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Abstract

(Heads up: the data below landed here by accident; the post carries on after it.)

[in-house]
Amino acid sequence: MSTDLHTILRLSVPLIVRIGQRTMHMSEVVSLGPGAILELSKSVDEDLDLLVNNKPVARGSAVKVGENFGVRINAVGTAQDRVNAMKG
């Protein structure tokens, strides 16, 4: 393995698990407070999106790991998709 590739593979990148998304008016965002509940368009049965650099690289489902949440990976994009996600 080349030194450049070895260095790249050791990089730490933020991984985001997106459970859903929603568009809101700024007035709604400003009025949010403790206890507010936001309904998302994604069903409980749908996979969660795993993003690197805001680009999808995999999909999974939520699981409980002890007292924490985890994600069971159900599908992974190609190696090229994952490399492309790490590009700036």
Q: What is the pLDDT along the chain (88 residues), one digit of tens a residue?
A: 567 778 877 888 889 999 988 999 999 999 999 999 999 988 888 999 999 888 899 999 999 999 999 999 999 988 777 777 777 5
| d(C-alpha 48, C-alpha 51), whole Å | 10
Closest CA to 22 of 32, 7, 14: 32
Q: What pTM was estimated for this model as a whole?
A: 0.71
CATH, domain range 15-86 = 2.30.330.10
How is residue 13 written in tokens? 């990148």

Tube-shaped beads excavated from grave pits at the prehistoric Gerzeh cemetery, approximately 3300 BCE, represent the earliest known use of iron in Egypt. Using a combination of scanning electron microscopy and micro X-ray microcomputer tomography, we show that microstructural and chemical analysis of a Gerzeh iron bead is consistent with a cold-worked iron meteorite. Thin fragments of parallel bands of taenite within a meteoritic Widmanstätten pattern are present, with structural distortion caused by cold-working. The metal fragments retain their original chemistry of approximately 30 wt% nickel. The bulk of the bead is highly oxidized, with only approximately 2.4% of the total bead volume remaining as metal. Our results show that the first known example of the use of iron in Egypt was produced from a meteorite, its celestial origin having implications for both the perception of meteorite iron by ancient Egyptians and the development of metallurgical knowledge in the Nile Valley.